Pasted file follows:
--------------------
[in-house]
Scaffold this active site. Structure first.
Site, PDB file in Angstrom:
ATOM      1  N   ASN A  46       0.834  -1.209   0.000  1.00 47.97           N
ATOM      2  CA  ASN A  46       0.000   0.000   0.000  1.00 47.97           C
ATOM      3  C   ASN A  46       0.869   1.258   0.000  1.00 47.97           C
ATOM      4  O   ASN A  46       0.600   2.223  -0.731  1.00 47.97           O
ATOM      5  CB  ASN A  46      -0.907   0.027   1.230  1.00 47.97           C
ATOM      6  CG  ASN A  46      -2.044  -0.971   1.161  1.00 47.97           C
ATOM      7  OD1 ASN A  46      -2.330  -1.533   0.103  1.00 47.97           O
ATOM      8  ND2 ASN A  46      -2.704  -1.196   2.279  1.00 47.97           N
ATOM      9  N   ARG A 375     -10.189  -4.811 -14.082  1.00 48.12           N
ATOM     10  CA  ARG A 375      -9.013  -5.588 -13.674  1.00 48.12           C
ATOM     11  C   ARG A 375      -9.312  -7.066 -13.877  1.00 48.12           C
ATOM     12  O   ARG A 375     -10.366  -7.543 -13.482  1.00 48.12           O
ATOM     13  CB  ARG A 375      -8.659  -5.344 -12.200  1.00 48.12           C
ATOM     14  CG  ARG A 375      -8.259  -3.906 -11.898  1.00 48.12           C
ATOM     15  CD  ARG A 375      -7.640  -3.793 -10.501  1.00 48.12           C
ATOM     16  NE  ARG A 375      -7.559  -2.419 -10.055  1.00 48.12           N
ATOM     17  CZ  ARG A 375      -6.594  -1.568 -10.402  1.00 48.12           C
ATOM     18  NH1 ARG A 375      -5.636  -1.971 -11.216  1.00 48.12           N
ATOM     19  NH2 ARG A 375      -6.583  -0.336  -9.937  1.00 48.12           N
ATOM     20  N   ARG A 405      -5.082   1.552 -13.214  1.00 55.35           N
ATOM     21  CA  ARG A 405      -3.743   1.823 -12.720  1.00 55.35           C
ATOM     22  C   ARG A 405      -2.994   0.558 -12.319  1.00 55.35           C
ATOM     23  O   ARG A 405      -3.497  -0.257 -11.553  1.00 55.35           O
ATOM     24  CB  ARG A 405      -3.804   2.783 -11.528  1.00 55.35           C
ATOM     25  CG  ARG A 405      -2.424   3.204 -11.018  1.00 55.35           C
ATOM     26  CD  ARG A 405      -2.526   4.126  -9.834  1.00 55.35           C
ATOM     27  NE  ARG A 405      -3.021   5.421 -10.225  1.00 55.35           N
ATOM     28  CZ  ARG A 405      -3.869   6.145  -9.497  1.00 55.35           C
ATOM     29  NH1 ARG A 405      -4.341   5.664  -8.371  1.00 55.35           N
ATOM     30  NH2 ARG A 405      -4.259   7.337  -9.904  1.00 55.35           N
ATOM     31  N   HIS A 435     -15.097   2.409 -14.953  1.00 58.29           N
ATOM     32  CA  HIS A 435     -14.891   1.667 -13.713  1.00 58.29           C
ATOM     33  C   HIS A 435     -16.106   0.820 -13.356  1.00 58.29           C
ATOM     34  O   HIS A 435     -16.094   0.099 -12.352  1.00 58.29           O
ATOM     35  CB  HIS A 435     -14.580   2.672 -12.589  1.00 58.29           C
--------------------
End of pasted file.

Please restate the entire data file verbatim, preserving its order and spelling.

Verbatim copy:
[in-house]
Scaffold this active site. Structure first.
Site, PDB file in Angstrom:
ATOM      1  N   ASN A  46       0.834  -1.209   0.000  1.00 47.97           N
ATOM      2  CA  ASN A  46       0.000   0.000   0.000  1.00 47.97           C
ATOM      3  C   ASN A  46       0.869   1.258   0.000  1.00 47.97           C
ATOM      4  O   ASN A  46       0.600   2.223  -0.731  1.00 47.97           O
ATOM      5  CB  ASN A  46      -0.907   0.027   1.230  1.00 47.97           C
ATOM      6  CG  ASN A  46      -2.044  -0.971   1.161  1.00 47.97           C
ATOM      7  OD1 ASN A  46      -2.330  -1.533   0.103  1.00 47.97           O
ATOM      8  ND2 ASN A  46      -2.704  -1.196   2.279  1.00 47.97           N
ATOM      9  N   ARG A 375     -10.189  -4.811 -14.082  1.00 48.12           N
ATOM     10  CA  ARG A 375      -9.013  -5.588 -13.674  1.00 48.12           C
ATOM     11  C   ARG A 375      -9.312  -7.066 -13.877  1.00 48.12           C
ATOM     12  O   ARG A 375     -10.366  -7.543 -13.482  1.00 48.12           O
ATOM     13  CB  ARG A 375      -8.659  -5.344 -12.200  1.00 48.12           C
ATOM     14  CG  ARG A 375      -8.259  -3.906 -11.898  1.00 48.12           C
ATOM     15  CD  ARG A 375      -7.640  -3.793 -10.501  1.00 48.12           C
ATOM     16  NE  ARG A 375      -7.559  -2.419 -10.055  1.00 48.12           N
ATOM     17  CZ  ARG A 375      -6.594  -1.568 -10.402  1.00 48.12           C
ATOM     18  NH1 ARG A 375      -5.636  -1.971 -11.216  1.00 48.12           N
ATOM     19  NH2 ARG A 375      -6.583  -0.336  -9.937  1.00 48.12           N
ATOM     20  N   ARG A 405      -5.082   1.552 -13.214  1.00 55.35           N
ATOM     21  CA  ARG A 405      -3.743   1.823 -12.720  1.00 55.35           C
ATOM     22  C   ARG A 405      -2.994   0.558 -12.319  1.00 55.35           C
ATOM     23  O   ARG A 405      -3.497  -0.257 -11.553  1.00 55.35           O
ATOM     24  CB  ARG A 405      -3.804   2.783 -11.528  1.00 55.35           C
ATOM     25  CG  ARG A 405      -2.424   3.204 -11.018  1.00 55.35           C
ATOM     26  CD  ARG A 405      -2.526   4.126  -9.834  1.00 55.35           C
ATOM     27  NE  ARG A 405      -3.021   5.421 -10.225  1.00 55.35           N
ATOM     28  CZ  ARG A 405      -3.869   6.145  -9.497  1.00 55.35           C
ATOM     29  NH1 ARG A 405      -4.341   5.664  -8.371  1.00 55.35           N
ATOM     30  NH2 ARG A 405      -4.259   7.337  -9.904  1.00 55.35           N
ATOM     31  N   HIS A 435     -15.097   2.409 -14.953  1.00 58.29           N
ATOM     32  CA  HIS A 435     -14.891   1.667 -13.713  1.00 58.29           C
ATOM     33  C   HIS A 435     -16.106   0.820 -13.356  1.00 58.29           C
ATOM     34  O   HIS A 435     -16.094   0.099 -12.352  1.00 58.29           O
ATOM     35  CB  HIS A 435     -14.580   2.672 -12.589  1.00 58.29           C